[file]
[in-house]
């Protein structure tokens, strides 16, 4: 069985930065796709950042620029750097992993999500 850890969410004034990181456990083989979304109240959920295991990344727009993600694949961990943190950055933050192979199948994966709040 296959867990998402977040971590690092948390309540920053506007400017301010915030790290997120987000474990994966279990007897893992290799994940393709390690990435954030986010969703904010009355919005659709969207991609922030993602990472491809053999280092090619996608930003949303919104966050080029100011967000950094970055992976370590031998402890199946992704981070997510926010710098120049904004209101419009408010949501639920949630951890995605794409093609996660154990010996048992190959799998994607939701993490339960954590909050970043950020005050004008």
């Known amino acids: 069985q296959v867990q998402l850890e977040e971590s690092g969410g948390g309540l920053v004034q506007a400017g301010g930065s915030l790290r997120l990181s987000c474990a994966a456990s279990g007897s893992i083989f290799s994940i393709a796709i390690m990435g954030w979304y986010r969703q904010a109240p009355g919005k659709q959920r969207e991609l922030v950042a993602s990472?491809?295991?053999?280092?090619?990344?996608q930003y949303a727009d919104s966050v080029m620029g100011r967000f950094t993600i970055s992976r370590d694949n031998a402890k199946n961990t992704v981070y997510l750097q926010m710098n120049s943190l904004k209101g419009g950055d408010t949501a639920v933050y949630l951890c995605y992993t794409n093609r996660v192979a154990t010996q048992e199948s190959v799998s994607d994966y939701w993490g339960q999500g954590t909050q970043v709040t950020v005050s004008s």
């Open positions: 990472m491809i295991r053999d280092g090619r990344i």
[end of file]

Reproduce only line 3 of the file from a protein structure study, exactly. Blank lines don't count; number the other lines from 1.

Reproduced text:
């Known amino acids: 069985q296959v867990q998402l850890e977040e971590s690092g969410g948390g309540l920053v004034q506007a400017g301010g930065s915030l790290r997120l990181s987000c474990a994966a456990s279990g007897s893992i083989f290799s994940i393709a796709i390690m990435g954030w979304y986010r969703q904010a109240p009355g919005k659709q959920r969207e991609l922030v950042a993602s990472?491809?295991?053999?280092?090619?990344?996608q930003y949303a727009d919104s966050v080029m620029g100011r967000f950094t993600i970055s992976r370590d694949n031998a402890k199946n961990t992704v981070y997510l750097q926010m710098n120049s943190l904004k209101g419009g950055d408010t949501a639920v933050y949630l951890c995605y992993t794409n093609r996660v192979a154990t010996q048992e199948s190959v799998s994607d994966y939701w993490g339960q999500g954590t909050q970043v709040t950020v005050s004008s």